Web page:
An Enniskillen business has entered the liquidation process because of a “difficult trading environment and increased costs".

Shuphoric Shoes located in Enniskillen town centre made the announcement that they will close on Saturday (September 3). The shop has operated in Enniskillen for 10 years.

The owner Patrick Conlon said: “As a consequence of a very difficult trading environment and increased costs, the business is no longer viable and will close this week. I have made every attempt to keep the business afloat amid recent disruption (Covid-19 pandemic) and other ongoing financial pressures but that has now come to an end.

"As you can imagine this is a very distressful and difficult time for everyone in the business, including staff and those customers who have been affected by this closure.”

Concerns were raised by some customers with this newspaper in recent days regarding the use of gift vouchers/credit notes within the shop before it closes.

The Impartial Reporter asked: “Can you outline why customers weren't able to use gift voucher/ credit notes while the shop was still operating, as claimed? Is there, or will there be, any avenue or arrangement for them to get the value for such vouchers?

Patrick said: “As the liquidation process is ongoing we are unable to comment further on the status of gift vouchers or credit notes at this time. But are directing those affected to leave their details and their claim will be handled when the liquidation process is concluded.

Further, it was noted some customer comments were disabled or hidden on social media.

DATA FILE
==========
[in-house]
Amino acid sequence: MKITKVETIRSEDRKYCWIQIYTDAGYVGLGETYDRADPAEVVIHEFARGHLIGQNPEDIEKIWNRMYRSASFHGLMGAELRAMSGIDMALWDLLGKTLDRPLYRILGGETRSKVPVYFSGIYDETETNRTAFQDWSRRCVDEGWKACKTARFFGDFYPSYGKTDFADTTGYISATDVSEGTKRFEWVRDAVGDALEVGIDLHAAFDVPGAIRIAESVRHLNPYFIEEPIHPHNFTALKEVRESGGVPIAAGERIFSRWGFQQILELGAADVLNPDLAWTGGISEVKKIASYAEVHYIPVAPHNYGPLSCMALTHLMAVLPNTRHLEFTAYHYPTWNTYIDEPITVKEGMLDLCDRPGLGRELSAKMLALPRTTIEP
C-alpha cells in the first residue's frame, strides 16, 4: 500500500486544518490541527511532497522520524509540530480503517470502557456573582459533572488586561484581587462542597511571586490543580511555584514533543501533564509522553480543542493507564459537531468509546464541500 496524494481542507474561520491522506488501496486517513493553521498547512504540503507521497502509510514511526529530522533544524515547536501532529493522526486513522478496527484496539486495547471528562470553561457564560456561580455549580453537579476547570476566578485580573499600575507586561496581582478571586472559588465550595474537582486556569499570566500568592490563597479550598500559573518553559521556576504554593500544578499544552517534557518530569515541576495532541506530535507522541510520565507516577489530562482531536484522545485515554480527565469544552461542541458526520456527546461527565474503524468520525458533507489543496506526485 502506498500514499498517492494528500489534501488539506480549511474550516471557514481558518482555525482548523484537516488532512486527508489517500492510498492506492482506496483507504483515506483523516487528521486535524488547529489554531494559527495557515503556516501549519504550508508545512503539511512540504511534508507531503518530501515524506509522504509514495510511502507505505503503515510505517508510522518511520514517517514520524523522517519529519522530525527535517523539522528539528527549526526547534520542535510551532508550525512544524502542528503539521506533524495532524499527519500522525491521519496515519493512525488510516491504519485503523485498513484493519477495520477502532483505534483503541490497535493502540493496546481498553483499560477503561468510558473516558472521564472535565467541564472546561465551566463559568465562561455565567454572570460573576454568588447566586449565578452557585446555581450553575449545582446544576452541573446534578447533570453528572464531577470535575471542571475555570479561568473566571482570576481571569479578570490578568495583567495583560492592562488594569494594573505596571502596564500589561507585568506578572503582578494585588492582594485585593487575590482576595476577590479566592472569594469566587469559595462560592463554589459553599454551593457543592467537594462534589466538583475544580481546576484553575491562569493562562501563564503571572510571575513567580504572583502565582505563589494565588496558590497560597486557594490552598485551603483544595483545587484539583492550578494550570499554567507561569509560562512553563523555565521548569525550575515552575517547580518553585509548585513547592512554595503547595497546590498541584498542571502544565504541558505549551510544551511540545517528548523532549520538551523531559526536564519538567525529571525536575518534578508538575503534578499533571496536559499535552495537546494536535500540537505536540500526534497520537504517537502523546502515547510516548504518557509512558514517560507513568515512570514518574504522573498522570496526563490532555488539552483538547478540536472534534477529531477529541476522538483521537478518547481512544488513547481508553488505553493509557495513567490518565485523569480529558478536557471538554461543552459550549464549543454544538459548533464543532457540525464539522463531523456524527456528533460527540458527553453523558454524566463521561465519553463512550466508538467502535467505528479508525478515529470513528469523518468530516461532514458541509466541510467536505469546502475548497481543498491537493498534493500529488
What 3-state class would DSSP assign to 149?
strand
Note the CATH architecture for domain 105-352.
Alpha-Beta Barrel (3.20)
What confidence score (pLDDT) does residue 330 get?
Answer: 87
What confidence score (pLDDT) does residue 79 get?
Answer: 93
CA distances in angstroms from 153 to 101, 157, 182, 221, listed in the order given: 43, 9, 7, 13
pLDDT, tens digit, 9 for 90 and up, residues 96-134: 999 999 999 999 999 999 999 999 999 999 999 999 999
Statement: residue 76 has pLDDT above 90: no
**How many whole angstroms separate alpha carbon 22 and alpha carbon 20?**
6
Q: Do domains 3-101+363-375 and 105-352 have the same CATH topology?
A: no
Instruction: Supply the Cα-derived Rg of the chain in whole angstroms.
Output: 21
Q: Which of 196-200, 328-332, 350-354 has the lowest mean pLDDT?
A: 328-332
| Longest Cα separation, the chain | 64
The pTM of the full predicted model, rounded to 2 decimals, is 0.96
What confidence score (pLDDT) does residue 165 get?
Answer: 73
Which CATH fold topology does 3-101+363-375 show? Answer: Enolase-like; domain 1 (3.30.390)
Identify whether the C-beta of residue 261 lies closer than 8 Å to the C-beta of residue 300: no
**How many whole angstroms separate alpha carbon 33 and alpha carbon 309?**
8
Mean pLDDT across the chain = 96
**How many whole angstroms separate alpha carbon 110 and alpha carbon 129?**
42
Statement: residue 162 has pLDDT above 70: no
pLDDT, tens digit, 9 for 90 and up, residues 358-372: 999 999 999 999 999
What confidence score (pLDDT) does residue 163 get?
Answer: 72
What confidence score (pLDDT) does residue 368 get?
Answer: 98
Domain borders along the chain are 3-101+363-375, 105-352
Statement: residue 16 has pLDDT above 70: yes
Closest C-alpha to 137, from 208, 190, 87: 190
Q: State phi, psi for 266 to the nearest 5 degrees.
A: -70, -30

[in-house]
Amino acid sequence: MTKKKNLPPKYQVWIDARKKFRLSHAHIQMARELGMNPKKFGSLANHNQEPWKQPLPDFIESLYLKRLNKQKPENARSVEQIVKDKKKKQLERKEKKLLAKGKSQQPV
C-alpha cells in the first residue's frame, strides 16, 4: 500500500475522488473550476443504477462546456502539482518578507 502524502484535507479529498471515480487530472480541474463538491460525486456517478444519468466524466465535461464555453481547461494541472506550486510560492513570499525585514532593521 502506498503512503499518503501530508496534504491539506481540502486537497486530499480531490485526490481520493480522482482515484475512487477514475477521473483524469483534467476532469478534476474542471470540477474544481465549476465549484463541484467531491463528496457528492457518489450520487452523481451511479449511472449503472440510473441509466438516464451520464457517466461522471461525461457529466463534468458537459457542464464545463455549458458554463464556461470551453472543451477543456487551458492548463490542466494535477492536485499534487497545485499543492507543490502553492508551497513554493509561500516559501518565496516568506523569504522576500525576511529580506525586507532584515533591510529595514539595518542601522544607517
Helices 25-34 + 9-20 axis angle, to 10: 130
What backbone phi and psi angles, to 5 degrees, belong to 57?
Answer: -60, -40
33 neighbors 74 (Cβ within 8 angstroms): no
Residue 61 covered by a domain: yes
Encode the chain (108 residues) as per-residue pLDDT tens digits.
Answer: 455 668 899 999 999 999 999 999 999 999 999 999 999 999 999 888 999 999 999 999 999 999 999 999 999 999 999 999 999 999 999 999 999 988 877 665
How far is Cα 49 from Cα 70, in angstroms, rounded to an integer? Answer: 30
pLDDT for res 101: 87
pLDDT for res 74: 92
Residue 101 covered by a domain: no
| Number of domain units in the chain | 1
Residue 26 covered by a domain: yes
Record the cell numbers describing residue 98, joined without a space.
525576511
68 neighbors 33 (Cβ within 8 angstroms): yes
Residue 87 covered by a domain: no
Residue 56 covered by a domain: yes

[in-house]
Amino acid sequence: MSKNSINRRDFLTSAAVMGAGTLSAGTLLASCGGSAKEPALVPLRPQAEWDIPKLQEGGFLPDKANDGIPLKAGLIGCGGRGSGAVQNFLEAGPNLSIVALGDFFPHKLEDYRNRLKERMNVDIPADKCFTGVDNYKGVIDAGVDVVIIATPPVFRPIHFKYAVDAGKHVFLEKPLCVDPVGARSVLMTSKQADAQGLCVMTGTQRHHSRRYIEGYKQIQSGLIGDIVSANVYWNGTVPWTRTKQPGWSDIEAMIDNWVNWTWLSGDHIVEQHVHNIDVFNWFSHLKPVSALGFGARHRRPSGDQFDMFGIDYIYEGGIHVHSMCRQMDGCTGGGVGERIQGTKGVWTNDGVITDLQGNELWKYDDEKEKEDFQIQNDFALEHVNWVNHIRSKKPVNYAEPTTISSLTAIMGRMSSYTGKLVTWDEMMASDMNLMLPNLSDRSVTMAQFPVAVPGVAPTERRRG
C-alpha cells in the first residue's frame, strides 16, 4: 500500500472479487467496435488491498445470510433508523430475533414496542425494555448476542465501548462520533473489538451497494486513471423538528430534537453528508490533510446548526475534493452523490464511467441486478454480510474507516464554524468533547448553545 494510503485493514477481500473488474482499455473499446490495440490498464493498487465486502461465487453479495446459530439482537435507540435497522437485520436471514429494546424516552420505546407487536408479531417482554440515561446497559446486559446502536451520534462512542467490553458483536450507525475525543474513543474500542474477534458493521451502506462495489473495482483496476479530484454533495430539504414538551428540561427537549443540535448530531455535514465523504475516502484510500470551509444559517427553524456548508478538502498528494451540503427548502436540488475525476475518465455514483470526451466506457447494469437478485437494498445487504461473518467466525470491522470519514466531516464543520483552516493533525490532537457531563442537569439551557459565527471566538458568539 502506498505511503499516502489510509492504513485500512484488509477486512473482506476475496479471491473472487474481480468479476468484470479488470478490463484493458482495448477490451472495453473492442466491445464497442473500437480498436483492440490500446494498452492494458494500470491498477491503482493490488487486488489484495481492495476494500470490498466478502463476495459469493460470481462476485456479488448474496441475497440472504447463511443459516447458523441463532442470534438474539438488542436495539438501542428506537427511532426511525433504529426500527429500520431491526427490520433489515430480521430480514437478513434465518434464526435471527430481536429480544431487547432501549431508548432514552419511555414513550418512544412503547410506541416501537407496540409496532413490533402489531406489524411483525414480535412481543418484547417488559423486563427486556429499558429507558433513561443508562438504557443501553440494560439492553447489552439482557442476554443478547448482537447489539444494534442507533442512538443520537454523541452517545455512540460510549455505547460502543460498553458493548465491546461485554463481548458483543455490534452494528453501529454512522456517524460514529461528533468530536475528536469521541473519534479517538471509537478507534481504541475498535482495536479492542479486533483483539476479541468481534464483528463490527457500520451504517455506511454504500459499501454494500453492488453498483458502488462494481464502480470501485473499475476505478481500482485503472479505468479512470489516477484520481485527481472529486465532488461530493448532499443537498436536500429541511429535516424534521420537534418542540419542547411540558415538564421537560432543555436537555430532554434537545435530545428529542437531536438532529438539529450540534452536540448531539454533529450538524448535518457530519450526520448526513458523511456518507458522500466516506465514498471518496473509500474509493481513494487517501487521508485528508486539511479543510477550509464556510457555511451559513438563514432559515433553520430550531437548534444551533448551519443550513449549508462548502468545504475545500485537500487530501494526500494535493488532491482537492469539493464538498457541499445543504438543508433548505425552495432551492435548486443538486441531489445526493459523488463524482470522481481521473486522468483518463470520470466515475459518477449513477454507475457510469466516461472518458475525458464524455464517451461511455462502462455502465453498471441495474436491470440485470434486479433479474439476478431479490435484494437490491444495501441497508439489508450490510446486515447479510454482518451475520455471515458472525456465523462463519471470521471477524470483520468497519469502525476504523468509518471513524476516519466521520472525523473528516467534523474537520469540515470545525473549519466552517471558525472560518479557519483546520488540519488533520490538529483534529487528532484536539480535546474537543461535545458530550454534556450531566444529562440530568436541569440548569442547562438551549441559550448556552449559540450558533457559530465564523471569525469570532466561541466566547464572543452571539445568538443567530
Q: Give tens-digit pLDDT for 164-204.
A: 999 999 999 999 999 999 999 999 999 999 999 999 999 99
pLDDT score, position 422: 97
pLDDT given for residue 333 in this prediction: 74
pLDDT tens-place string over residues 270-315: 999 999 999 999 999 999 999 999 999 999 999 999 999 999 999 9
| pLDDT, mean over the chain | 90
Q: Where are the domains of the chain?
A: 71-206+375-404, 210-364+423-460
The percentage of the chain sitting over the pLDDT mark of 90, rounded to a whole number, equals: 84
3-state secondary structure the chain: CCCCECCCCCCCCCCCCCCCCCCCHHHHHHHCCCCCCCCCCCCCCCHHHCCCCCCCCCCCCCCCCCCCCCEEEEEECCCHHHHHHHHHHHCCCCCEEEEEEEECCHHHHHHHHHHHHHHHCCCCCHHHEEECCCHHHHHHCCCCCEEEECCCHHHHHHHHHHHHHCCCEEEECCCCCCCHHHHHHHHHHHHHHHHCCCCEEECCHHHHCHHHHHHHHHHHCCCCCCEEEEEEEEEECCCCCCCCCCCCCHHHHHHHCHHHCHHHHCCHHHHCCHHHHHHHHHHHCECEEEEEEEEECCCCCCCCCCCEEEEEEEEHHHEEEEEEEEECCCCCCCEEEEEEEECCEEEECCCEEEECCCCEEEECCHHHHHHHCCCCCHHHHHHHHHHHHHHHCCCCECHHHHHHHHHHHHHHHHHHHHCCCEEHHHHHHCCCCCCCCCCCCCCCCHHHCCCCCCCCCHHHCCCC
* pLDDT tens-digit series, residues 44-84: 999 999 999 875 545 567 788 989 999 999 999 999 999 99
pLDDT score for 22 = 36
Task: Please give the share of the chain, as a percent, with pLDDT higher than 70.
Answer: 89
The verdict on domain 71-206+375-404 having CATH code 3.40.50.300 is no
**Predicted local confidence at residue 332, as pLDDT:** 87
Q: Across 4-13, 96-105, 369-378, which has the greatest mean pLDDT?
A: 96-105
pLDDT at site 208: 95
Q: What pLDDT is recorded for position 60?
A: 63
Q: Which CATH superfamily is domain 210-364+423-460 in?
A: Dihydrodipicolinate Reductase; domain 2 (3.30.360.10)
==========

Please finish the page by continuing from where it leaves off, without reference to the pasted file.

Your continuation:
Patrick said: “Please note that all our media outlets have been significantly reduced or fully suspended during the closing down process. These steps are necessary to ensure the well-being of the staff during this difficult time and to support the liquidation process. We apologise for any inconvenience that this may cause.”

On the issue of insolvency gift vouchers, a paper release by the House of Commons advises the following: “When you buy a gift voucher, you enter into a contract. You give the retailer money in exchange for a promise to give you an equivalent amount in physical products in the future. Vouchers can become worthless if the retailer becomes insolvent, because they might not have any money to pay you back – but the exact outcome depends on the retailer’s situation.

“If the retailer goes into administration (and so tries to avoid collapse) it can continue to trade, but the administrator can and often will refuse to accept the voucher. If the retailer goes into liquidation (which closes it down) its assets will be distributed in accordance with a defined order of priority. Holders of gift vouchers rank as unsecured creditors, who are low on the list of priorities, so they often get little or nothing.”